It's album number four from London-based singer and songwriter Kaz Simmons. It's called Signs. It deftly explores the fertile ground that encompasses jazz, folk and the quirkier end of '70s British psych-rockand it's a joy.
Simmons has slimmed down her band for Signsa small but perfectly formed quartet share the musical honors, compared to the dozen or so players on her third album, Dandelions (Fast Awake, 2011). It hasn't reduced the musical range, however. Keyboard player Will Bartlett contributes a wide range of tones and colors on his own, adding Simmons' own acoustic guitar and the guitar, bass and drums of Martin Kolarides, Riaan Vosloo and Tim Giles results in an expansive array of sounds. Above them all is the diamond that is Simmons' voice.
Simmons has always declared her love of jazz and folk, but Signs heralds the arrival of a new passion. So what else is influencing Simmons-2013? A spot of psychedelia, that's whatshe namechecks Genesis and Pink Floyd. Hints of David Gilmour-era Floyd certainly come through in the excellent Kolarides' electric guitar and there's a definite prog rock sound to Bartlett's keyboards and Tim Giles' drums on "London Loves." But the finest of the Genesis and Floyd influences come from both bands' early incarnations, with Simmons combining the quintessential Englishness of Genesis' Nursery Cryme (Charisma 1971) and Floyd's Syd Barrett years (Hurrah!) in lyrics and music. "Last" finds this combination at its most successful.
The tunes range from the jolly and upbeat ("Last," "For The Love Of The Big L") to the aching beauty of "Your Love" and "I Know You." The lyrics have a similar breadth"Staying In" is laugh-out-loud funny, "Last" is happy-sad, "Your Love" is heartbreaking. Whichever combination Simmons creates, the results are a delight.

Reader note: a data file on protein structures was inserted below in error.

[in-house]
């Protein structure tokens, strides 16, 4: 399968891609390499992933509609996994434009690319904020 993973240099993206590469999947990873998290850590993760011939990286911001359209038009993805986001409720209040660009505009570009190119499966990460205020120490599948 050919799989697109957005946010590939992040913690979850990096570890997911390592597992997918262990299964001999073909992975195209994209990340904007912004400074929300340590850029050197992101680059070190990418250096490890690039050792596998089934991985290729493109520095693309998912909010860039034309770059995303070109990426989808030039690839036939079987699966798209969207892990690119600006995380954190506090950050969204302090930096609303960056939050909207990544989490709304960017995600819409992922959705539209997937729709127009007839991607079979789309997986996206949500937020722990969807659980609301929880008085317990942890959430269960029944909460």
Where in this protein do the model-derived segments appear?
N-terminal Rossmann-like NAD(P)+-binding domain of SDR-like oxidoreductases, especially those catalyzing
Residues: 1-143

The seemingly wide-eyed innocent of "London Loves" or "Last" is by no means an ever-present persona. Just ask the poor sod who's the subject of "Staying In." This is Simmons at her most cheekily playful, the tale of a "sporty man" searching for love by means of a well-dodgy internet dating profile. Kolarides' guitar perfectly captures the satirical edge of Simmons' lyrics. "For The Love Of The Big L" is a bit of an homage to Simmons' home town, but it's by no means unambiguous even if her declaration that "I really love it here" seems genuinely heartfelt. When she sings "We're friendly people here, honestly" over the cheerful, gently-rolling melody does she mean it or is she just extracting the Michael, as her fellow-citizens might say?
Simmons' solo performance of the classically-romantic "You Belong To Me" brings her folk roots to prominence. With just her nylon-strung acoustic guitar for company she sings this beautiful standard with a purity of voice and a level of emotional involvement that few vocalists can hope to achieve. There's a jazzy side to some of her phrasing too.
Last; I Know You; Your Love; For The Love Of The Big L; London Loves; Staying In; Signs; If Time Stopped; You Belong To Me.
Kaz Simmons: vocals, acoustic guitars; Martin Kolarides: electric guitar, vocals (6); Will Bartlett: Wurlitzer piano, Fender Rhodes, Hammond B-3, electric piano, vocals (6); Riaan Vosloo: bass guitar; Tim Giles: drums, percussion, vocals (6); Benedic Lamdin: vocals (6).
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